10 Prog Songs by Non-Prog Bands

10 Prog Songs by Non-Prog Bands

We all know by now that there are thousands Prog bands out there who defined the genre in its early years, and who continue to develop it further. But, in the past there were many non-Prog bands that went out of their way and did one or more Prog-ish songs. I have compiled a list of Prog songs by non-Prog bands below, so make sure to check it out. Feel free to leave a comment with your favourite Prog songs by non-Prog bands.

Led Zeppelin – No Quarter (Houses of the Holy, 1973)

“No Quarter” is one of the dearest songs from the Led Zep’s catalog. It was recorded in 1972 at the Island Studios in London, and appears on the band’s 1973 album Houses of the Holy as the seventh song clocking at seven minutes—it is the longest track on the record. Ever since its release, the song has been a big part in the band’s live repertoire. The album version actually evolved from a faster version of the song that was previously recorded at Headley Grange. Jimmy Page applied a variable speed pitch control in order to give it a more intense vibe. In addition to this pitch change, the version that made it on Houses of the Holy also includes a highly-compressed guitar track. Although the original version of the song clocks at seven minutes, at live performances the song length varied, leaving space for improvisation at concerts.

Black Sabbath – Megalomania (Sabotage, 1975)

“Megalomania” is the fourth song from Black Sabbath’s 1975 album Sabotage. Being the lengthiest song on the album, it gave the band plenty of space to experiment with different moods. Although doom, heavy sound is what the band was known for, at ten minutes long, “Megalomania” is a step above most hard rock in terms of its sophistication, fitting in crunchy guitars with piano and eerie soft spots.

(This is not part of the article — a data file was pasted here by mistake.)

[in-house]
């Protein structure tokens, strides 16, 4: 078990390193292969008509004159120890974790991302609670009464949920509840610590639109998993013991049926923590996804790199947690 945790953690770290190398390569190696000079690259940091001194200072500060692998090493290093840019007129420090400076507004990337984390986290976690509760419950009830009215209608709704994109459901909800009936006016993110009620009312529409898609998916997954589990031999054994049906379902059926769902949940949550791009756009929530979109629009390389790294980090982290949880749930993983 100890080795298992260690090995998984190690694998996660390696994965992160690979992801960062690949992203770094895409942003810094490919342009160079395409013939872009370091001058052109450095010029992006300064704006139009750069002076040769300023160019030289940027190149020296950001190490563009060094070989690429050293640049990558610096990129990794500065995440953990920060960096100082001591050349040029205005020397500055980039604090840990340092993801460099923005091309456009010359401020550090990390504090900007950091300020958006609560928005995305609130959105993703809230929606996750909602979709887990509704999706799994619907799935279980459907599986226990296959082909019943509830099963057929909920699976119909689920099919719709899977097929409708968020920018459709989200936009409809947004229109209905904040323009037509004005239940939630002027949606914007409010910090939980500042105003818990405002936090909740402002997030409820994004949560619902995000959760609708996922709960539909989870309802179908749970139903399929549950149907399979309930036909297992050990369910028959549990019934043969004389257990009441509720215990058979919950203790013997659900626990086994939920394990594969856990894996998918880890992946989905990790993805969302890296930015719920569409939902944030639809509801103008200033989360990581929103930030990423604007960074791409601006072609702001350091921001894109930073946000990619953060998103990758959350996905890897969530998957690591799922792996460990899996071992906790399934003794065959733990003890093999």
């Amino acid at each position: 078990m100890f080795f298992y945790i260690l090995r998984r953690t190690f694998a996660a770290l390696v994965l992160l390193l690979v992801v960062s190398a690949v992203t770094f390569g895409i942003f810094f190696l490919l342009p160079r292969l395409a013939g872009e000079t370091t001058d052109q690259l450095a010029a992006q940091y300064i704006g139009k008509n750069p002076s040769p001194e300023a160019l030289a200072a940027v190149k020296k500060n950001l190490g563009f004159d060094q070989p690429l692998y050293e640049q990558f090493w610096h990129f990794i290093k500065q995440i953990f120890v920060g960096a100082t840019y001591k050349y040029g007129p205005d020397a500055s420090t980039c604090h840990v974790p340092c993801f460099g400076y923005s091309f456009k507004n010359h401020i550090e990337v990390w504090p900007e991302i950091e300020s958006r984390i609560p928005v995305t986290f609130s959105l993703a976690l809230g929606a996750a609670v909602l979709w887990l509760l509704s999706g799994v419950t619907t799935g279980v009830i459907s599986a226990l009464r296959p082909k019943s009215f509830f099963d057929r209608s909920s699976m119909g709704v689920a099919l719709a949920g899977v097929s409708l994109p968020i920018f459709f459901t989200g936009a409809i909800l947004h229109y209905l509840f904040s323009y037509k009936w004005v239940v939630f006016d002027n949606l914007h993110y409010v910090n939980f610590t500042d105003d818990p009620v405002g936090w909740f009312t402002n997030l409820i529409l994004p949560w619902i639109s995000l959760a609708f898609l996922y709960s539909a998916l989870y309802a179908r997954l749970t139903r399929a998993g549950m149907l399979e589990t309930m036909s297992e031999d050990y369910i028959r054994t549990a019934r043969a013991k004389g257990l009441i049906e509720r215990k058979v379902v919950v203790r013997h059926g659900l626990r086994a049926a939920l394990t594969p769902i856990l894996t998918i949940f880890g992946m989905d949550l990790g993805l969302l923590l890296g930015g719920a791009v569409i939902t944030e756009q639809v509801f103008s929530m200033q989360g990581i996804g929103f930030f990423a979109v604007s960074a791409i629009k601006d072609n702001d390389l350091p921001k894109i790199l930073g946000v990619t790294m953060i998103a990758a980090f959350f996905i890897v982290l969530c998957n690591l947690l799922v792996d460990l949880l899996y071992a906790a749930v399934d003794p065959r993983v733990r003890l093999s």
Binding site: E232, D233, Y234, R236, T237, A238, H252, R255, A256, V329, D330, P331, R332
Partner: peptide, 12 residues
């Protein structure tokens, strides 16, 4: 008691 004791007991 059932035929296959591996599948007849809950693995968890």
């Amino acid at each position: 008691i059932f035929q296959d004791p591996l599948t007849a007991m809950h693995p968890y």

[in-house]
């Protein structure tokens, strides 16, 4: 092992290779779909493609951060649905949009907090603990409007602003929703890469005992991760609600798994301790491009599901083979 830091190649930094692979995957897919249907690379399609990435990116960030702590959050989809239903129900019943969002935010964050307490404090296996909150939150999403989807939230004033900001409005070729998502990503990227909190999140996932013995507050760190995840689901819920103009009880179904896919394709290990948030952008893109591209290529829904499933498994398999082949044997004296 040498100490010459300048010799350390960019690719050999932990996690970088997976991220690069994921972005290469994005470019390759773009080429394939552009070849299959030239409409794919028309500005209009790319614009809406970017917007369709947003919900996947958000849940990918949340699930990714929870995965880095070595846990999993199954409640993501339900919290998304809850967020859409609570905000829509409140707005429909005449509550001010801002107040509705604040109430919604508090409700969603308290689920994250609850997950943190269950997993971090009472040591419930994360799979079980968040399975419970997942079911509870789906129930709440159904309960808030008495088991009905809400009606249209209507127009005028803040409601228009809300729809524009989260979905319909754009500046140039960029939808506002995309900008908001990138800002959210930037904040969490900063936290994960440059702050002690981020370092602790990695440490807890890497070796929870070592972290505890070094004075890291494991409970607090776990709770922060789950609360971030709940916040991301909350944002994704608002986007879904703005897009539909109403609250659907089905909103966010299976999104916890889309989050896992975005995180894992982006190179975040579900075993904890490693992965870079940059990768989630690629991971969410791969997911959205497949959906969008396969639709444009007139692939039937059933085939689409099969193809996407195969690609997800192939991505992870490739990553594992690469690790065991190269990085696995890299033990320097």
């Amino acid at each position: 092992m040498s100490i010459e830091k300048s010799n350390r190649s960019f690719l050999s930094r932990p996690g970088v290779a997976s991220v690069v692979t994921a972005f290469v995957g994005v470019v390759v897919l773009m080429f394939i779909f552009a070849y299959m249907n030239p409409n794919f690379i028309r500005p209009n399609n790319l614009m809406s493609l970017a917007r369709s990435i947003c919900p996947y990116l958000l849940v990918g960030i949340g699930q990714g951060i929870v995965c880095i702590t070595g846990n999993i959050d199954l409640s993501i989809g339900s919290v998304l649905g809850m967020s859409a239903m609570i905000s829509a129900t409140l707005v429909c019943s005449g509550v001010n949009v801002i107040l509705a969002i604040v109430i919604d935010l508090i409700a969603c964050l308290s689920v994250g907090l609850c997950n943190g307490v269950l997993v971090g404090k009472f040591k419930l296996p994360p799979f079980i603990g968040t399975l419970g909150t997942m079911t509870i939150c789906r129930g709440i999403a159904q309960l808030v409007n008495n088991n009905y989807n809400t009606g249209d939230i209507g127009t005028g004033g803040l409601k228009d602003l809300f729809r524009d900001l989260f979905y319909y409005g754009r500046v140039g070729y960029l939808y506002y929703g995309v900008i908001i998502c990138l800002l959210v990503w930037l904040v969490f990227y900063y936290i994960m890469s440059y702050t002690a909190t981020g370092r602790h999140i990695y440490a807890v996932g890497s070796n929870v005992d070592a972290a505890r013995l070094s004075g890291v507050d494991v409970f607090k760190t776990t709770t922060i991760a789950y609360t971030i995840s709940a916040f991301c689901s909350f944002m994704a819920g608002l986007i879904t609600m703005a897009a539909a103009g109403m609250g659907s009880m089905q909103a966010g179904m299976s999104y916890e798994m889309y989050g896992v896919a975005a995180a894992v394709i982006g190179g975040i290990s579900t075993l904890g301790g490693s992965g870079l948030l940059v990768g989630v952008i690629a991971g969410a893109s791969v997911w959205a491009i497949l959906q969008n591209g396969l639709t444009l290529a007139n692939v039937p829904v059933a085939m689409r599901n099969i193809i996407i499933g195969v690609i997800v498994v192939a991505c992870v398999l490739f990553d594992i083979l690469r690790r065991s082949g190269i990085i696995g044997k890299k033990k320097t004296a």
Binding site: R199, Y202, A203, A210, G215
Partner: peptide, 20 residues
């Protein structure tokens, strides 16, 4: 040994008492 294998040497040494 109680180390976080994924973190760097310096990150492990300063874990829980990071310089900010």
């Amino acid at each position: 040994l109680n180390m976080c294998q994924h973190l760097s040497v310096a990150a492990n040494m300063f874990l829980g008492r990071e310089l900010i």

Billy Joel – Prelude/Angry Young Man (Turnstiles, 1976)

In 1976, Billy Joel released his fourth studio album Turnstiles. Although those were the times when Progressive Rock was at its peak and also influenced a wide spectre of artists, Billy Joel’s music was more of a mixture of at the time Classic Rock, Folk and Pop. However, the sixth song on the album “Prelude/Angry Young Man” is possibly the groggiest number the musician ever recorded. As the title of the song suggests, the song is divided in two parts: one serving as a prologue, and “Angry Young Man” which paints a slightly sardonic picture of youthful, militant rebellion that is unflagging, trying to fight life’s ills despite constant failure.

Midnight Oil – Scream in Blue (10, 9, 8, 7, 6, 5, 4, 3, 2, 1, 1982)

“Scream in Blue” is a song from Australian rock act Midnight Blue from their 1982 album 10, 9, 8, 7, 6, 5, 4, 3, 2, 1. It’s over two minutes long Progressive Rock-influenced intro features extremely esoteric and intense instrumentation of the band. Afterwards, the song becomes piano-driven, allowing singer Peter Garrett to become dominant.

Iron Maiden – Seventh Son of a Seventh Son (Seventh Son of a Seventh Son, 1988)

Maiden’s flirting with Prog had never been a question, and I’m a firm believer that starting from their 1983 album Piece of Mind (which was the first record I heard from them), the British Heavy Metal band has been channeling the Prog influences through their songs. It’s arguably not until 1988 and the release of their seventh album Seventh Son of a Seventh Son that the band didn’t go for a full-Prog sound. The album marks their first to include keyboards, and due to that fact, it could be said that Maiden expanded their sonic horizons. The title song in particular is full of twists and atmospherics that die-hard Prog fans easily can be acquainted with.

Metallica – To Live is to Die (…And Justice for All, 1988)